A VerySpatial Podcast
Shownotes – Episode 412
June 9, 2013
Main Topic: Qualitative GIS
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A quick, and last minute, reminder that the 2013 National Geographic Bee finals will be televised tonight. Head over to NatGeo at 7:00PM EDT to watch live or catch one of the replays later.
This year’s 10 finalists are:
Tuvya Bergson-Michelson, California
Pranit Nanda, Colorado
Ricky Uppaluri, Georgia
Conrad Oberhaus, Illinois
Sathwik Karnik, Massachusetts
Neha Middela, Michigan
Neelam Sandhu, New Hampshire
Harish Palani, Oregon
Akhil Rekulapelli, Virginia
Asha Jain, Wisconsin
As we have said before, any of the state and territorial finalists generally know way more than we do and should know that they are amazing for having made it to DC.
In case you missed this episode of Minute Earth when it first made the rounds last week.
There is a wealth of ways to get imagery today from buying or downloading satellite imagery to hiring a company to fly your project, but it is the low cost, low effort DIY imagery that is the most exciting and fun. The picture to the right is one of many that is available from Flickr, and other photo sites, that was taken with one of these methods (in this case a kite). With that in mind, the new poll wants to know what technology you prefer to use or are interested in using to capture low altitude imagery. Head over and share your thoughts. If you have a method that isn’t listed leave a comment on this post and I will add it to the list.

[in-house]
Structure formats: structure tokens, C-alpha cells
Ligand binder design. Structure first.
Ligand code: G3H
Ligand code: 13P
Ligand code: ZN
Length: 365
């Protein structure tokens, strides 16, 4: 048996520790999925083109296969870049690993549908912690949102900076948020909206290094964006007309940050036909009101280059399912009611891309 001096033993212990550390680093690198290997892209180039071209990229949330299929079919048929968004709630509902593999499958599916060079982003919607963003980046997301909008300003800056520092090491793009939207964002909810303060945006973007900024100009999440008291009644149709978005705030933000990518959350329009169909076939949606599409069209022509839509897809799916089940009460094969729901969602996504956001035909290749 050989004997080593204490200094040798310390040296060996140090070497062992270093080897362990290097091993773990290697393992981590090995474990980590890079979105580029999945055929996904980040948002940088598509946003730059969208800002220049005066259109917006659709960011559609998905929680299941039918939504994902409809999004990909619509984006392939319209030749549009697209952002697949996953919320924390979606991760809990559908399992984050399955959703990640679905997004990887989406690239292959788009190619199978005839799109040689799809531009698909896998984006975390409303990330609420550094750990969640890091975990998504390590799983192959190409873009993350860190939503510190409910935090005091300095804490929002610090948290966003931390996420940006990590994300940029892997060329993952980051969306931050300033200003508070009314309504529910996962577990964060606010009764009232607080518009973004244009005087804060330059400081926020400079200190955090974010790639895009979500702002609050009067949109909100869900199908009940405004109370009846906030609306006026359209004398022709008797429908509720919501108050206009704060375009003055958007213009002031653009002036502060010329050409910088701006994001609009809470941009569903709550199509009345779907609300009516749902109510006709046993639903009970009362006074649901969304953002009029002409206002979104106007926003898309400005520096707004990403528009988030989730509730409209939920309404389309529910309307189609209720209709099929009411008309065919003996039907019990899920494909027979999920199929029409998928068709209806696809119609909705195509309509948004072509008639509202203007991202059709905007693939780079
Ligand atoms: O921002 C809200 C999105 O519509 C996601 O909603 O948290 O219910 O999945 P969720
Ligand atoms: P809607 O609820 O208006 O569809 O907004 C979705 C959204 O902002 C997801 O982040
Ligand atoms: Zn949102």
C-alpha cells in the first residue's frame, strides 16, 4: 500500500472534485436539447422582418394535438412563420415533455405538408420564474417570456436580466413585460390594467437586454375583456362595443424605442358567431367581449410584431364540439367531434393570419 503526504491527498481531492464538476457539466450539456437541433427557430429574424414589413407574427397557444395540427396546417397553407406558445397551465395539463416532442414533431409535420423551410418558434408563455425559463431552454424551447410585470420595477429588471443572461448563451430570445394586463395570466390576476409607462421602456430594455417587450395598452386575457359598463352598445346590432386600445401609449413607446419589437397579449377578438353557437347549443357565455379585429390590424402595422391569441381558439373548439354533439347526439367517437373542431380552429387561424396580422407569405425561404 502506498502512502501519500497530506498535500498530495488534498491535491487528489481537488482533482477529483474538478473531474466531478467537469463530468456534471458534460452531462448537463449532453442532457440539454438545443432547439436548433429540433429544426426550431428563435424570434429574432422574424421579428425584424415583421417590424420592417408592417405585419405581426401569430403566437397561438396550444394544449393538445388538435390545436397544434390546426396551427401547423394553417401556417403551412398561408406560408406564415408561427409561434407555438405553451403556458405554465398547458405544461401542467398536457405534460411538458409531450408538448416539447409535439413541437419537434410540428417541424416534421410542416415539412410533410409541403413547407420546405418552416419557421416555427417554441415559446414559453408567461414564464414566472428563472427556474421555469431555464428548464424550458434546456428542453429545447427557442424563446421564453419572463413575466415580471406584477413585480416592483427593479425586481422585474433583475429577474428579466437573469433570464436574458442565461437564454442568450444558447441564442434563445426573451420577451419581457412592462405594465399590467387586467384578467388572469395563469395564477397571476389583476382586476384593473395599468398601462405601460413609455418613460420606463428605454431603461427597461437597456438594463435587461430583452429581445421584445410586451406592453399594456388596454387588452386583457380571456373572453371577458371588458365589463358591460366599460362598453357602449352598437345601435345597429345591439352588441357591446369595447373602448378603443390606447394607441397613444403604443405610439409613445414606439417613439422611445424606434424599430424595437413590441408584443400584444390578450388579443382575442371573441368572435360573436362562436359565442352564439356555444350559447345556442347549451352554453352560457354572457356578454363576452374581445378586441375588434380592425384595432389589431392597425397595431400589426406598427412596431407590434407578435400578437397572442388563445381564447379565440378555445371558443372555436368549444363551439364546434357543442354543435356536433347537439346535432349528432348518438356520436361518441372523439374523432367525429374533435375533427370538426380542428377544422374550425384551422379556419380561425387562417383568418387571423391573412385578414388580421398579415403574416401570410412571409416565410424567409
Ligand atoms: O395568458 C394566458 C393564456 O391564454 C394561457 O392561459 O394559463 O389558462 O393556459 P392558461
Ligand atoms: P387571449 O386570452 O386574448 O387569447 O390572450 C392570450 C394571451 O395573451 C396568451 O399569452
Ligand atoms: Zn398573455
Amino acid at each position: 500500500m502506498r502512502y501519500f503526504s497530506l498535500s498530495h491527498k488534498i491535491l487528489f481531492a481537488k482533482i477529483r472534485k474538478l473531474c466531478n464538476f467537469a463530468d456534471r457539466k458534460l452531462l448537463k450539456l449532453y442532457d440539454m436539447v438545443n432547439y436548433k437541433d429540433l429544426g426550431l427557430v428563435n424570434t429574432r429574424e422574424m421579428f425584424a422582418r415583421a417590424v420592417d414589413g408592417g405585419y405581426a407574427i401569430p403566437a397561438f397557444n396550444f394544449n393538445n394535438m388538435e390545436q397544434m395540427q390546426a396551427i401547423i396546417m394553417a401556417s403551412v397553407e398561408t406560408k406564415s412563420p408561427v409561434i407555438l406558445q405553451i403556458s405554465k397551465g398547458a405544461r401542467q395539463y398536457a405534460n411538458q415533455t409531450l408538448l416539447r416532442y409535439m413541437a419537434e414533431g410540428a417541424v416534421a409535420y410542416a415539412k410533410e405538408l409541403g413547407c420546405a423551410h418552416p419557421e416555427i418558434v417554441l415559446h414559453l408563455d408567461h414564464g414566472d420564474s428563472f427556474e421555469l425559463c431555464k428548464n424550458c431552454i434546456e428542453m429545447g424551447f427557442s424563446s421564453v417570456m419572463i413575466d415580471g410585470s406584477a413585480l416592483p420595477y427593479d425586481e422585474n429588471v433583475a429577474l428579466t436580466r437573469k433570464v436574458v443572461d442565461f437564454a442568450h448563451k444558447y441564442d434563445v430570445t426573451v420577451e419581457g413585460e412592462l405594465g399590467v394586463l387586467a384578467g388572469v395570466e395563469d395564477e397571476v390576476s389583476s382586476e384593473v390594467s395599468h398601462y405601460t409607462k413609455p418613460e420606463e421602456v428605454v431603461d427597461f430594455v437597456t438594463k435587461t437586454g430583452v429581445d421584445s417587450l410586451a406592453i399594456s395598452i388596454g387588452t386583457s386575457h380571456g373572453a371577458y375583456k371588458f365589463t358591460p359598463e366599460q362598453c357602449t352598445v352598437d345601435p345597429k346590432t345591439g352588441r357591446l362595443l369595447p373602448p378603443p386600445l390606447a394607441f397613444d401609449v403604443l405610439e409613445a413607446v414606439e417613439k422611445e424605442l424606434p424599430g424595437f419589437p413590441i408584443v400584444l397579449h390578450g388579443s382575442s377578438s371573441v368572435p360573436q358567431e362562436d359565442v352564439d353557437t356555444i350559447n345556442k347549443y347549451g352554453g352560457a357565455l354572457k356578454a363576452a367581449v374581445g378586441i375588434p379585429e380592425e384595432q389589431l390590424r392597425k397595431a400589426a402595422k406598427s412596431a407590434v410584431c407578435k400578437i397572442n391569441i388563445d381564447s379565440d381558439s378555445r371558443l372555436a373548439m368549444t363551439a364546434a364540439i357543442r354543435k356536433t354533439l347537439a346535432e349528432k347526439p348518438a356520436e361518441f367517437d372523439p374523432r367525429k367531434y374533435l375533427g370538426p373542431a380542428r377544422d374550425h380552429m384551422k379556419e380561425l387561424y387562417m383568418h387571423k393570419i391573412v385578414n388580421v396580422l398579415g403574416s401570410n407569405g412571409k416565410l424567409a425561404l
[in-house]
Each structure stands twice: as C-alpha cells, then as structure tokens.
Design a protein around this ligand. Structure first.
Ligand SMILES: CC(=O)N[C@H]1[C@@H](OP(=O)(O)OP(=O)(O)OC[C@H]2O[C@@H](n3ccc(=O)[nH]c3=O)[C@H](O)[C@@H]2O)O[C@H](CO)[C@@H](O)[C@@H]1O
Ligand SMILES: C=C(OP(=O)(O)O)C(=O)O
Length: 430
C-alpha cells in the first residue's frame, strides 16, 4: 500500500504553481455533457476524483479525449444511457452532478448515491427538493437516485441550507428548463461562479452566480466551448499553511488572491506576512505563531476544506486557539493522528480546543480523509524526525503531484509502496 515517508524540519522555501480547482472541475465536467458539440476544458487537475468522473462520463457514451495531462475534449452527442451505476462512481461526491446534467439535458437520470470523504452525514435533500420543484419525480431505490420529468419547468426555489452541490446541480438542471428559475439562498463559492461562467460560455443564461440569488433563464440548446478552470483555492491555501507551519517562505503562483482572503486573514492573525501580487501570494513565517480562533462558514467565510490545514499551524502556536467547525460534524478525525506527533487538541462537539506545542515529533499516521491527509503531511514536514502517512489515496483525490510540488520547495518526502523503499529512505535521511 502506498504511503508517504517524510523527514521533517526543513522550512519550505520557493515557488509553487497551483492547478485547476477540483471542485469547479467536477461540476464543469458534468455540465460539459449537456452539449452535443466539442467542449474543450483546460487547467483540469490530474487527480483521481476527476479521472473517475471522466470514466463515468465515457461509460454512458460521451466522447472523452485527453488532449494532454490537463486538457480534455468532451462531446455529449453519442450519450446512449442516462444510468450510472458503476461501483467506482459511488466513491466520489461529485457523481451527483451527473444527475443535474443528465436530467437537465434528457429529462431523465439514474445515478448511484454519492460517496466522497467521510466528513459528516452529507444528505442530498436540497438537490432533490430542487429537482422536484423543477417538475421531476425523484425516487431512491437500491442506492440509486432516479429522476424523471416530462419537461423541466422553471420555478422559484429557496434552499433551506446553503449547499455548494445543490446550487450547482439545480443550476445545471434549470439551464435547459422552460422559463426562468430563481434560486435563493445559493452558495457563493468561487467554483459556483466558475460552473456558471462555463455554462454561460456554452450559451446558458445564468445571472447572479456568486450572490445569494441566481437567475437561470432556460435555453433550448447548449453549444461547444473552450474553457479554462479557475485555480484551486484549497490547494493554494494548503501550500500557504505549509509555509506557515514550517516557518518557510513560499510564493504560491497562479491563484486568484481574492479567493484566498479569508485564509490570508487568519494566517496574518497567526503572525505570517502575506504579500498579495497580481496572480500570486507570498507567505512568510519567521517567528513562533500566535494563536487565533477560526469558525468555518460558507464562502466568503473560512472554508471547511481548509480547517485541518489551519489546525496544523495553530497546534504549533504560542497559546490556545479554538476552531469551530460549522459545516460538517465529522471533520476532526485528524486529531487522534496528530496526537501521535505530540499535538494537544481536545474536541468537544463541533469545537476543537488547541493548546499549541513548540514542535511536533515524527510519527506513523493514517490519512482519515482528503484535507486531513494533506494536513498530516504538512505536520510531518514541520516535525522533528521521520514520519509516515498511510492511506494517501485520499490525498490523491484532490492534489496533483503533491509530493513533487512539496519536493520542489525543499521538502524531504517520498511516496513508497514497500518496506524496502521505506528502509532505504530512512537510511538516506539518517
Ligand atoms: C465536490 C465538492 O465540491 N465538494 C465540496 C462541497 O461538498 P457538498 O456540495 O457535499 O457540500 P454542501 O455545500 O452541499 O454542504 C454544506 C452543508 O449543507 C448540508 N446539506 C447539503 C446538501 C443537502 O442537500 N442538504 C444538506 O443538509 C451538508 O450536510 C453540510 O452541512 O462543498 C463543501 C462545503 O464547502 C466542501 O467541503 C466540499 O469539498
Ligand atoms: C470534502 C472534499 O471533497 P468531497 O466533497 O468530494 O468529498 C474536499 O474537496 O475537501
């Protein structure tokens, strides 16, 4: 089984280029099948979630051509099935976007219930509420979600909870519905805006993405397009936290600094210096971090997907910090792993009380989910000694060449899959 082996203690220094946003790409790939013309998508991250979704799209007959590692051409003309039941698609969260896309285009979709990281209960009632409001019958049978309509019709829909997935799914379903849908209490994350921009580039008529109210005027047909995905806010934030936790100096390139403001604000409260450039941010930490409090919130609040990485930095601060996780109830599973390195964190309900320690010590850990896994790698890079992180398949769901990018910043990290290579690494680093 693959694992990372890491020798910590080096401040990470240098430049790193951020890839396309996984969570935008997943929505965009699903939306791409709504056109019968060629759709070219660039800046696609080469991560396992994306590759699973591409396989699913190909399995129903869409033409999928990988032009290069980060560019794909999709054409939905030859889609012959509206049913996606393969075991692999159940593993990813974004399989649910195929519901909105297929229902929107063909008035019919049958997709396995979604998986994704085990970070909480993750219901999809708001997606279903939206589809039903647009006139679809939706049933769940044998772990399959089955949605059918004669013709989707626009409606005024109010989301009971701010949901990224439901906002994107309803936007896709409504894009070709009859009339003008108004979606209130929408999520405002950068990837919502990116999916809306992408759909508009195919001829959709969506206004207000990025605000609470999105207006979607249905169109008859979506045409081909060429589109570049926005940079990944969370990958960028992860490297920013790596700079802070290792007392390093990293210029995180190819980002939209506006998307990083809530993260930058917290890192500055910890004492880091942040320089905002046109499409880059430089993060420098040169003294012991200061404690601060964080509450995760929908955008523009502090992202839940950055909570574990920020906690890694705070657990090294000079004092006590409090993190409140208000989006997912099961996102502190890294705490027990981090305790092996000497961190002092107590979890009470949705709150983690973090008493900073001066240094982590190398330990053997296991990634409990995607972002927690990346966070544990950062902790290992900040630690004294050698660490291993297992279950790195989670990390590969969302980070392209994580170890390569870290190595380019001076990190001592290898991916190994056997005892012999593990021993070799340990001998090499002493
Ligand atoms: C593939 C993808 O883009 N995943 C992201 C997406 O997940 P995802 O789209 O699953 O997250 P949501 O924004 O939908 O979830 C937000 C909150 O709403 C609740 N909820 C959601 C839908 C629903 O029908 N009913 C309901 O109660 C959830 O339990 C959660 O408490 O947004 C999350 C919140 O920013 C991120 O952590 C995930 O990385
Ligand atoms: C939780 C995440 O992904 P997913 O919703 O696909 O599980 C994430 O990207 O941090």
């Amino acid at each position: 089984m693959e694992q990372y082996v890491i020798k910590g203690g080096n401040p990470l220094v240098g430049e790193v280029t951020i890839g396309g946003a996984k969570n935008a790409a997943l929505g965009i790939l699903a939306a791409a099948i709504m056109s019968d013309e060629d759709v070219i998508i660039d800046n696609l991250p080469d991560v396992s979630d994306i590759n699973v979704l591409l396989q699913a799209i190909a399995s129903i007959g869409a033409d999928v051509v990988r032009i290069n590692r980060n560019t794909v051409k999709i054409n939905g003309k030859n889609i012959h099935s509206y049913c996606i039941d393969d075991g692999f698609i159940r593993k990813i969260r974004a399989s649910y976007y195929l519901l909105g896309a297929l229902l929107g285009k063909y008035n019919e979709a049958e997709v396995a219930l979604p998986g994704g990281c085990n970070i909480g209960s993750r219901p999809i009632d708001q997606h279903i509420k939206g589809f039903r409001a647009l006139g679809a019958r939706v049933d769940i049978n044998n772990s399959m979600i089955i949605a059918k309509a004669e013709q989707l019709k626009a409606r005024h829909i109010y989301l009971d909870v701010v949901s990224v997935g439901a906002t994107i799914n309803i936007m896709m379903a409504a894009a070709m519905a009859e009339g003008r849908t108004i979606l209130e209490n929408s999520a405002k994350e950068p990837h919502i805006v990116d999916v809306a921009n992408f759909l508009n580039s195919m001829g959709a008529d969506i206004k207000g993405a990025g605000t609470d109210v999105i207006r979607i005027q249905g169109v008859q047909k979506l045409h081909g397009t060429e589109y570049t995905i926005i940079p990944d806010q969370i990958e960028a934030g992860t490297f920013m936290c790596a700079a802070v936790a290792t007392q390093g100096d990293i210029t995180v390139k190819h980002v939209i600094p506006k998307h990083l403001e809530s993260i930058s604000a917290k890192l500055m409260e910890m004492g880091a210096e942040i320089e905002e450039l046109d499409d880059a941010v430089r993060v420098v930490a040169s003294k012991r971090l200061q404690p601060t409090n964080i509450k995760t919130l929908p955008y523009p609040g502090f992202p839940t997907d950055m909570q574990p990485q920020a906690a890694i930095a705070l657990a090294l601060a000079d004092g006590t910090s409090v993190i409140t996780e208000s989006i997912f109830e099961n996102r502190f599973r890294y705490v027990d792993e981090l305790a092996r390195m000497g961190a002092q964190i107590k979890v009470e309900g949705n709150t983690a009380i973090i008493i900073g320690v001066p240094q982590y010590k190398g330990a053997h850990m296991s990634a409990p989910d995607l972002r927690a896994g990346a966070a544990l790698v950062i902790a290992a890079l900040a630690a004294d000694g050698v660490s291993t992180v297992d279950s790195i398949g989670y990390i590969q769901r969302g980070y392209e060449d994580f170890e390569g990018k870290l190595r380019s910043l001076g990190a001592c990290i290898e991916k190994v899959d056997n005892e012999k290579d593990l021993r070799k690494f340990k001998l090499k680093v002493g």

As you can see from the image we already have a Surface Pro in the company with Sue’s preorder and first day acquisition. I like it, but while I want something portable I have decided that a 10″ desktop area is too small. It is great for apps, but I am not comfortable with traditional Windows applications at that size. On the other hand 12-13 inches seems doable and I want to cut down from my 15″ laptop from the last 6 years, especially since I have have access to brawny, large (multi)monitored desktops for when I need the power.
Clearly the top two votes are out and the low vote, XPS 12, is currently in the lead. However, if something else comes out before I have the cash to upgrade this summer, my decision making will restart. On a side note, hopefully Sue will take a minute to share her thoughts on the Surface Pro in the near future.
In a day I thought would focus on new sensors (LDCM) I end up thinking about old sensors and the piles of hard copy historic aerial photos that are going unutilized in our digital lives (insert standard reference to Peter Morville’s Ambient Findability here). Head over to check out what looks to be a great tool for digital historians, cultural landscape folks, historic archaeologists, and others.
As you might imagine from our previous conversations on the podcast, we are just a little excited about the LDCM. NASA/USGS have released the first scene from the new sensor focusing on the Fort Collins area. Head over the NASA site to take a look at the scene and associated information. Hopefully we will hear more next week as the ASPRS annual conference hits Boston.